Eighty seven patients were screened and 34 patients were noted to be in complete remission with proteinuria < 0.3 g/day. Ten patients were excluded as they were not on stable immunosuppressive therapies. Eight patients had CKD above stage 3, 7 patients declined, 4 patients were non compliant to medications, 4 females had breast cancer and 2 females were pregnant. Hence only 18 patients were recruited with 10 patients randomized to receive sulodexide and eight patients to losartan.

Baseline demographics and clinical characteristics were tabulated in Table 1. Baseline laboratory investigations were tabulated in Table 2.

Median dose for sulodexide was 150 (100 - 200) mg daily and losartan was 75 (50 - 100) mg daily. The use of other concurrent medications including antihypertensive, statin, aspirin and immunosuppressive medication were the same between both groups. There was no significant difference of blood pressure across the study duration in both study groups.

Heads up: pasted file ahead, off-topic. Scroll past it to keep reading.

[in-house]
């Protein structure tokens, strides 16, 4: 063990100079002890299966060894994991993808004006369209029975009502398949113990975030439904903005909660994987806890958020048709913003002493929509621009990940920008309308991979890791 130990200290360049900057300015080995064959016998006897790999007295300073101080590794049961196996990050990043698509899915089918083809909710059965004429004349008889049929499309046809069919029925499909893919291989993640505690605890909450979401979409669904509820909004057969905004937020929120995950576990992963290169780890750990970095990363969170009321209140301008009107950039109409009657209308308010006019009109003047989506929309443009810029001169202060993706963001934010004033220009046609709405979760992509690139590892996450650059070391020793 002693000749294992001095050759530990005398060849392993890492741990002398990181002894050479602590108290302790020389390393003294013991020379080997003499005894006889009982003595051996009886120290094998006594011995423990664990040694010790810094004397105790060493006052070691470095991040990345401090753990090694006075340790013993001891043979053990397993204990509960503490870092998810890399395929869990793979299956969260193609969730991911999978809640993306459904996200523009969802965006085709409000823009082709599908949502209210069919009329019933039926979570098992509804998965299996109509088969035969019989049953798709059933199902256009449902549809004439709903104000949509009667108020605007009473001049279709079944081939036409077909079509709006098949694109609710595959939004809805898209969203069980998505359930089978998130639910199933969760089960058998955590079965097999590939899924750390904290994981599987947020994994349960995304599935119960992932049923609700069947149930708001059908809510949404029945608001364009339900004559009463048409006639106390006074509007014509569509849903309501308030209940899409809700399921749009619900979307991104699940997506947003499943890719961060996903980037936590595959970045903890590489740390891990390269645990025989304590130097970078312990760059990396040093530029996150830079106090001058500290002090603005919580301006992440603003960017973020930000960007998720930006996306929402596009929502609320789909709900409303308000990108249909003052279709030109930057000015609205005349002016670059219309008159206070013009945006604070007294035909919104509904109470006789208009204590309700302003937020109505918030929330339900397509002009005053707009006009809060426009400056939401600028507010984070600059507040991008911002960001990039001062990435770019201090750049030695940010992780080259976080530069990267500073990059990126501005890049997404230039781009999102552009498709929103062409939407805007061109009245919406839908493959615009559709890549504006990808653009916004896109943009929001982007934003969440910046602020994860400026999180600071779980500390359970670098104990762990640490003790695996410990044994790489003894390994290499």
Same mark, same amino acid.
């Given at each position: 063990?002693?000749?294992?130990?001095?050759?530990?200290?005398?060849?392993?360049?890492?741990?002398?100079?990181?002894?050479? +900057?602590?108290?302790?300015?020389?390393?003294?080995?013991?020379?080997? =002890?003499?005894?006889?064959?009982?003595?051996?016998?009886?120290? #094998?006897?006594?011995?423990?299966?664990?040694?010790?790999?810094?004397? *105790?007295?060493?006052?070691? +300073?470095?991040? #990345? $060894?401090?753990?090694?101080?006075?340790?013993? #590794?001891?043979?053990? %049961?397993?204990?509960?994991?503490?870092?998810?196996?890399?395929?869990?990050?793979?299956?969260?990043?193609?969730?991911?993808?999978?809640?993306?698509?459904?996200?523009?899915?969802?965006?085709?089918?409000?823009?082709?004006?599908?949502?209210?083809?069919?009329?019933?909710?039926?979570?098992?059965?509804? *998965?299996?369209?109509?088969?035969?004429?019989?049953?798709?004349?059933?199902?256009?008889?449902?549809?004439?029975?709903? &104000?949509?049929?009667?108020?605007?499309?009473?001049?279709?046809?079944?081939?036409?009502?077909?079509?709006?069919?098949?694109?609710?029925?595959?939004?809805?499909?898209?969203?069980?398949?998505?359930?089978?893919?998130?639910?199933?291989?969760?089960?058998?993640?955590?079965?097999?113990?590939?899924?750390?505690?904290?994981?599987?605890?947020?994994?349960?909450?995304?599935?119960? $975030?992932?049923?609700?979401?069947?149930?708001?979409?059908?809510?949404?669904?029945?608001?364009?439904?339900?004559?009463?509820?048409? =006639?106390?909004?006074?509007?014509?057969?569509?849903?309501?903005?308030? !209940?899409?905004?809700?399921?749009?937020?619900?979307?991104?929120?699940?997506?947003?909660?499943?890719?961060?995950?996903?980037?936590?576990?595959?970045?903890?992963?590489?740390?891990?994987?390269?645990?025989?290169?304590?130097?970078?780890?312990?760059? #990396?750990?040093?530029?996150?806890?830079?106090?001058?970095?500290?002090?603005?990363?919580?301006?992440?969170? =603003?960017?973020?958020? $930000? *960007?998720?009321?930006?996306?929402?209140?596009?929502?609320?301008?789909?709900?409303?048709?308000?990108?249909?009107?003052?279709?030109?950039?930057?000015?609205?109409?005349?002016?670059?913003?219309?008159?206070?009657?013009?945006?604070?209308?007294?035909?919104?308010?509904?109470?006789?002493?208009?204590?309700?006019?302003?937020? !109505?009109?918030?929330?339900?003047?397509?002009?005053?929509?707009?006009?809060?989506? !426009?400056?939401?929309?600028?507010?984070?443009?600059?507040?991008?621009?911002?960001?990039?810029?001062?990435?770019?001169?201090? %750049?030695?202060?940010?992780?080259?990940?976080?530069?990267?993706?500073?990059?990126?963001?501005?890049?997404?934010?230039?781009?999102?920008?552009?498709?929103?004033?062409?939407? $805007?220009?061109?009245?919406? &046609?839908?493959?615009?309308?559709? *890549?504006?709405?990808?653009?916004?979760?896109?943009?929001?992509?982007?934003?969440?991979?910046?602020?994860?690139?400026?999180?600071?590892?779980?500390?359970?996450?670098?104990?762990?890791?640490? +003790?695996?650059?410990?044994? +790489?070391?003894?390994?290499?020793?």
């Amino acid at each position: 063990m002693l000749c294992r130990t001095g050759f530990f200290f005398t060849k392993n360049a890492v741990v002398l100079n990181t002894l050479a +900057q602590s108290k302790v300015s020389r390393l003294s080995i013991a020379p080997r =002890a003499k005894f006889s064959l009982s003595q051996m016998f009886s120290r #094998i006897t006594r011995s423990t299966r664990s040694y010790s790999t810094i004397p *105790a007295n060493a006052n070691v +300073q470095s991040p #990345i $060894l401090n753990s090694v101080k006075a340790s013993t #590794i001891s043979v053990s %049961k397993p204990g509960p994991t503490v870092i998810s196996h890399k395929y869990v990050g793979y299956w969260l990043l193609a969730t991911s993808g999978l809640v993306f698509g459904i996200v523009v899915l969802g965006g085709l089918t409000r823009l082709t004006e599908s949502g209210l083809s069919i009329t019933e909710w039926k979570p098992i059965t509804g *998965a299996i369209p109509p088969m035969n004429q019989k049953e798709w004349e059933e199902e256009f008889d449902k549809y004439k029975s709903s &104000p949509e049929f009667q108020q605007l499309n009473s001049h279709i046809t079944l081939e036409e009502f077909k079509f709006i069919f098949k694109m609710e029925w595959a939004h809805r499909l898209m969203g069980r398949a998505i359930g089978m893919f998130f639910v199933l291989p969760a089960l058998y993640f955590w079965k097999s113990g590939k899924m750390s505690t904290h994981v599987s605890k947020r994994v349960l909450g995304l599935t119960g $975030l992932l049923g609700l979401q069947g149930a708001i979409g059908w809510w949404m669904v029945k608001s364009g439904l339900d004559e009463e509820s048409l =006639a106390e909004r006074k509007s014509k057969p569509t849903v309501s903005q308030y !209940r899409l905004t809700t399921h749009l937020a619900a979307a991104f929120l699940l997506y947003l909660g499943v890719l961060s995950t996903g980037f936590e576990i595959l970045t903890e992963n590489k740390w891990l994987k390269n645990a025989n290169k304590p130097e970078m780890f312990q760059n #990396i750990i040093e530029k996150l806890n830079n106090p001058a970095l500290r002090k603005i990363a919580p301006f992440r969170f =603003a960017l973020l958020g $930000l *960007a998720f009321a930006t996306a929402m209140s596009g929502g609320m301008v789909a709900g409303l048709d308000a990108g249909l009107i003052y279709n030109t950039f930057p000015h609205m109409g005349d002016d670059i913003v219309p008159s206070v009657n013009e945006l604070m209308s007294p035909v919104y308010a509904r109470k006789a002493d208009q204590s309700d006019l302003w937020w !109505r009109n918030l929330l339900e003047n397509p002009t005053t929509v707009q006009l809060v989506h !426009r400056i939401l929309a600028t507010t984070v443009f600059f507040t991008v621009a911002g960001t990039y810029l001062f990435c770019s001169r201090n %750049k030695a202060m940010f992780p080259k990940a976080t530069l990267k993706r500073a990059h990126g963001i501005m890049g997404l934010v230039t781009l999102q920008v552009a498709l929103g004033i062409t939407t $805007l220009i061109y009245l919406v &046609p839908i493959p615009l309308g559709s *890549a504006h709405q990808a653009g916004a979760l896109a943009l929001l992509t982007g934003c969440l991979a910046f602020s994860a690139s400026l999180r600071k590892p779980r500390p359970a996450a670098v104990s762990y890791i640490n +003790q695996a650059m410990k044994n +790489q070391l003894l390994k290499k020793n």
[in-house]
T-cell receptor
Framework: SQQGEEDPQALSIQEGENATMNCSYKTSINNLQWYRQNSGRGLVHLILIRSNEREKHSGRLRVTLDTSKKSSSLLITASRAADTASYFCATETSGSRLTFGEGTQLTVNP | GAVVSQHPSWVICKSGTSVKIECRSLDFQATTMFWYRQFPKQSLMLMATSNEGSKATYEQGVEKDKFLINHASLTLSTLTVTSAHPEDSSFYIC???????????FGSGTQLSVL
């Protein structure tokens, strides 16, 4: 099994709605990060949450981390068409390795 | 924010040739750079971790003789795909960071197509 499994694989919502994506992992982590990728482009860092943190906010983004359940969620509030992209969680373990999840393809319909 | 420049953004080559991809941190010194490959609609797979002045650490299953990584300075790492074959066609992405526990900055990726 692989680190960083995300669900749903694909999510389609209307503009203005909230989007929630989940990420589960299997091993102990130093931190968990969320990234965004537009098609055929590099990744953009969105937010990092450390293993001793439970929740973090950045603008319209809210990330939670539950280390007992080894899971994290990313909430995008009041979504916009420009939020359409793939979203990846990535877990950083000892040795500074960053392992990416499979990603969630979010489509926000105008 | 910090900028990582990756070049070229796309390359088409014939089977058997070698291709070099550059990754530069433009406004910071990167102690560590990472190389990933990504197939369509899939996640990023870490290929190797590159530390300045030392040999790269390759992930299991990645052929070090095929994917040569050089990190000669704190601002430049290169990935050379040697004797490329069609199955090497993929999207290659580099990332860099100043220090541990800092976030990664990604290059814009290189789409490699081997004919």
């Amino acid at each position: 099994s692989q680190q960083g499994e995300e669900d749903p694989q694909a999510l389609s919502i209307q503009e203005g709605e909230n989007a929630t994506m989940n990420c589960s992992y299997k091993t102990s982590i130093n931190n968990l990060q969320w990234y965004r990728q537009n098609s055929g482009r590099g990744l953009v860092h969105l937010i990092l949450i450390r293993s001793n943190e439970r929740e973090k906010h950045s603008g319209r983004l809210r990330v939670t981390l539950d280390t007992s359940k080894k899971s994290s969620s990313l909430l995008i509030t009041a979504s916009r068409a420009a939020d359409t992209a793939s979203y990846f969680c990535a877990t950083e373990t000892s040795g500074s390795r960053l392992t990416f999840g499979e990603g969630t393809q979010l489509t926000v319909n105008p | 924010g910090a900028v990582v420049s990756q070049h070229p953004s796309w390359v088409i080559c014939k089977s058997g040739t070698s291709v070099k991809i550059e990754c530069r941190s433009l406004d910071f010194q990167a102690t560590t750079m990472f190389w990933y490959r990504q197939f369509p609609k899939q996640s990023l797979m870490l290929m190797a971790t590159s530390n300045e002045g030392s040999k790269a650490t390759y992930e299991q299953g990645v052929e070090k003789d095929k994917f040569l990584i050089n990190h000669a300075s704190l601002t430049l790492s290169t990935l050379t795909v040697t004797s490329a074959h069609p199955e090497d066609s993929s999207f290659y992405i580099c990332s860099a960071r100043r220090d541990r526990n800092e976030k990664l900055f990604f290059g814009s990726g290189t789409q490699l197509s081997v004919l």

Both groups did not show any significant reduction in proteinuria whether intragroup or intergroup and across all visits. Nonetheless, the losartan arm had a trend towards lower proteinuria at end study whilst in the sulodexide group, proteinuria levels remained static (Figure 1).

Other renal parameters results were tabulated in Table 3. There were no significant differences in all the parameters in between and within both groups.

Over the 12 weeks of treatment, there were no significant changes in the full blood count parameters nor prothrombin time (PT), international normalized ratio (INR) and activated partial thromboplastin time (APTT) in patients in the sulodexide arm. There were also no clinical episodes of bleeding and no other adverse effects occurred.

4. Discussion